The legislative text of the “U.S. Citizenship Act of 2021” will reflect the immigration priorities that President Joe Biden unveiled on his first day in office. His proposal includes an earned pathway to citizenship for 11 million undocumented immigrants, expands the refugee resettlement program and deploys more technology to the Southern border. There are additional protections that are being considered in the legislation, such as asylum processing in home countries for minors, expanded benefits for DREAMers and ending the public charge rule.


Asylum Camp Swells at US-Mexico Border; Biden Aide Urges Patience


Source: VOA

MEXICO CITY – The Biden administration is urging migrants trapped in Mexico under restrictions imposed by former U.S. President Donald Trump to be patient, even as the population of a refugee camp in northeastern Mexico begins to swell with hopeful asylum-seekers.

On Friday, a senior aide to U.S. President Joe Biden said the administration is working on a system to process the tens of thousands of asylum-seekers who have been forced to wait in Mexico under a Trump-era program.


Over 1,300 asylum-seekers assaulted in Mexico while remaining there under Trump administration policy, new report says


Source: Business Insider

More than 1,300 people have been raped, kidnapped, or otherwise assaulted since February 2019, when the Trump administration began requiring asylum-seekers to wait out their claims in Mexico, according to a new report.

“Continuing to turn away and expel people seeking US refugee protection at the southern border is both a humanitarian disgrace and a legal travesty,” Kennji Kizuka, a researcher at Human Rights First, which put out the study, said Wednesday. “The Trump administration is flouting US laws and treaty obligations to protect refugees, and weaponizing the pandemic to block and expel people seeking safety in the United States.”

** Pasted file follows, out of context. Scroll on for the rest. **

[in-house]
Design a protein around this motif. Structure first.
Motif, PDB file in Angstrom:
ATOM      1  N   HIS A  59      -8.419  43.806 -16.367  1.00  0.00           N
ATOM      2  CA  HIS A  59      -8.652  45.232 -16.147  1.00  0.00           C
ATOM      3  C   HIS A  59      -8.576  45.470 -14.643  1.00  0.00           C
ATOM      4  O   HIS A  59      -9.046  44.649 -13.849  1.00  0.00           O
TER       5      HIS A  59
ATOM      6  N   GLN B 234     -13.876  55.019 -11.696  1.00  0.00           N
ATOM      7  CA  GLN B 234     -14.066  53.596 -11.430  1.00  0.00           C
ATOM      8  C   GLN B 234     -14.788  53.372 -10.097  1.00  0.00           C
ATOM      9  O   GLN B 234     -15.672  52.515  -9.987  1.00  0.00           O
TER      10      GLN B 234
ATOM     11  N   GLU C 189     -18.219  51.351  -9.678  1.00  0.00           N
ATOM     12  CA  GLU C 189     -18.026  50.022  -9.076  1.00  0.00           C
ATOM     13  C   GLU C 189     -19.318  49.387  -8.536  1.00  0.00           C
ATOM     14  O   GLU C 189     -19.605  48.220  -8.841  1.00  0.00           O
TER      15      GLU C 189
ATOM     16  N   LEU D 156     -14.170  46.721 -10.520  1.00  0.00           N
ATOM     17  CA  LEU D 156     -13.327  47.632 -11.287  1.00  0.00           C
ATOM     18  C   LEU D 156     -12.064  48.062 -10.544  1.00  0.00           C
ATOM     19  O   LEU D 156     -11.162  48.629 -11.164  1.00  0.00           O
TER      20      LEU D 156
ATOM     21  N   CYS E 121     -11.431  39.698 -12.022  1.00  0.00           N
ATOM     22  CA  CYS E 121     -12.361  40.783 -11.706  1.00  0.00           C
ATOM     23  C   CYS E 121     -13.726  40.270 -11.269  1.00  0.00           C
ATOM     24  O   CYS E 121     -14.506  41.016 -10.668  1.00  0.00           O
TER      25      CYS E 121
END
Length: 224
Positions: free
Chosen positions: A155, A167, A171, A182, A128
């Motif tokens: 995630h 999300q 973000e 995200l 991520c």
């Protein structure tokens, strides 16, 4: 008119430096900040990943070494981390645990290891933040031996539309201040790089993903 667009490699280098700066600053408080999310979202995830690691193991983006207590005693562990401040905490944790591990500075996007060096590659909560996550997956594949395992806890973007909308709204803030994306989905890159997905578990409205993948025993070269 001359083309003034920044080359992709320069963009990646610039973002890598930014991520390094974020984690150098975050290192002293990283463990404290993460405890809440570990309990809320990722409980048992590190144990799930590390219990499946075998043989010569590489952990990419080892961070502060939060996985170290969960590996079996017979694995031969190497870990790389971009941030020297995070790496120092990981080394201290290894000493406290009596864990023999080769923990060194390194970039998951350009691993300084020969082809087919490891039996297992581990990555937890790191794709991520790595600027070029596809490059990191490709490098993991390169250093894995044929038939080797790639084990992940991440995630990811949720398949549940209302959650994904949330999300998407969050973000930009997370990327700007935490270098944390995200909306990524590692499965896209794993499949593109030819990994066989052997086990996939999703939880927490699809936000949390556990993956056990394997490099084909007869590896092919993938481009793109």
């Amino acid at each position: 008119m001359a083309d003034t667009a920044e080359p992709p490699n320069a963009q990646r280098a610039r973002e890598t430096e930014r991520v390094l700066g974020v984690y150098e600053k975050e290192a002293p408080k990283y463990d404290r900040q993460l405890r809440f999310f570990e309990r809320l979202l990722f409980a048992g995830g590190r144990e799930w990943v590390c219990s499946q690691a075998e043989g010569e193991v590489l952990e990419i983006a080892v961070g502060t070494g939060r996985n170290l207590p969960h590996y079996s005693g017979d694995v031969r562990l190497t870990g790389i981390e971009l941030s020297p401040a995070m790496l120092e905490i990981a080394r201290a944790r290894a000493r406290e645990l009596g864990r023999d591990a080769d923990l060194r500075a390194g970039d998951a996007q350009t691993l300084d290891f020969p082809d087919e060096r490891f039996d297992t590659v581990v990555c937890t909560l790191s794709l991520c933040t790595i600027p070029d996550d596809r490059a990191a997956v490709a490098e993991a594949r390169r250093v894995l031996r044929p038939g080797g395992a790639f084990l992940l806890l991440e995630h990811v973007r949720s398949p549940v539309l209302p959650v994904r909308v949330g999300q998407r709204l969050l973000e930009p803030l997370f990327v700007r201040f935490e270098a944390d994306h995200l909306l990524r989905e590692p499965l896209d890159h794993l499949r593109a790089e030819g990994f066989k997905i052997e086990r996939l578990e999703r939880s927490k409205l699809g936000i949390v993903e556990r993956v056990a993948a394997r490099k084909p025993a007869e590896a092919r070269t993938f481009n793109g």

Tents, stench, smoke: Health risks are gripping migrant camp


11/14/19 – AP News

By Nomaan Merchant

A smoke-filled stench fills a refugee camp just a short walk from the U.S.-Mexico border, rising from ever-burning fires and piles of human waste. Parents and children live in a sea of tents and tarps, some patched together with garbage bags. Others sleep outside in temperatures that recently dropped to freezing.

Justina, an asylum seeker who fled political persecution in Nicaragua, is struggling to keep her 8-month-old daughter healthy inside the damaged tent they share. The baby, Samantha, was diagnosed with pneumonia and recently released from a hospital with a dwindling supply of antibiotics.

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Former Bolivian president Morales heads to Mexico for asylum


11/12/19 – Reuters

By Daina Beth Solomon

Bolivia’s former president, Evo Morales, was flying to Mexico on Tuesday after fleeing his South American homeland, seeking refuge under a leftist government that has supported the veteran socialist in the wake of a disputed election.

Bolivia’s first indigenous president came under Mexico’s protection after he departed Bolivia late on Monday on a Mexican Air Force jet, Mexico’s Foreign Minister Marcelo Ebrard said.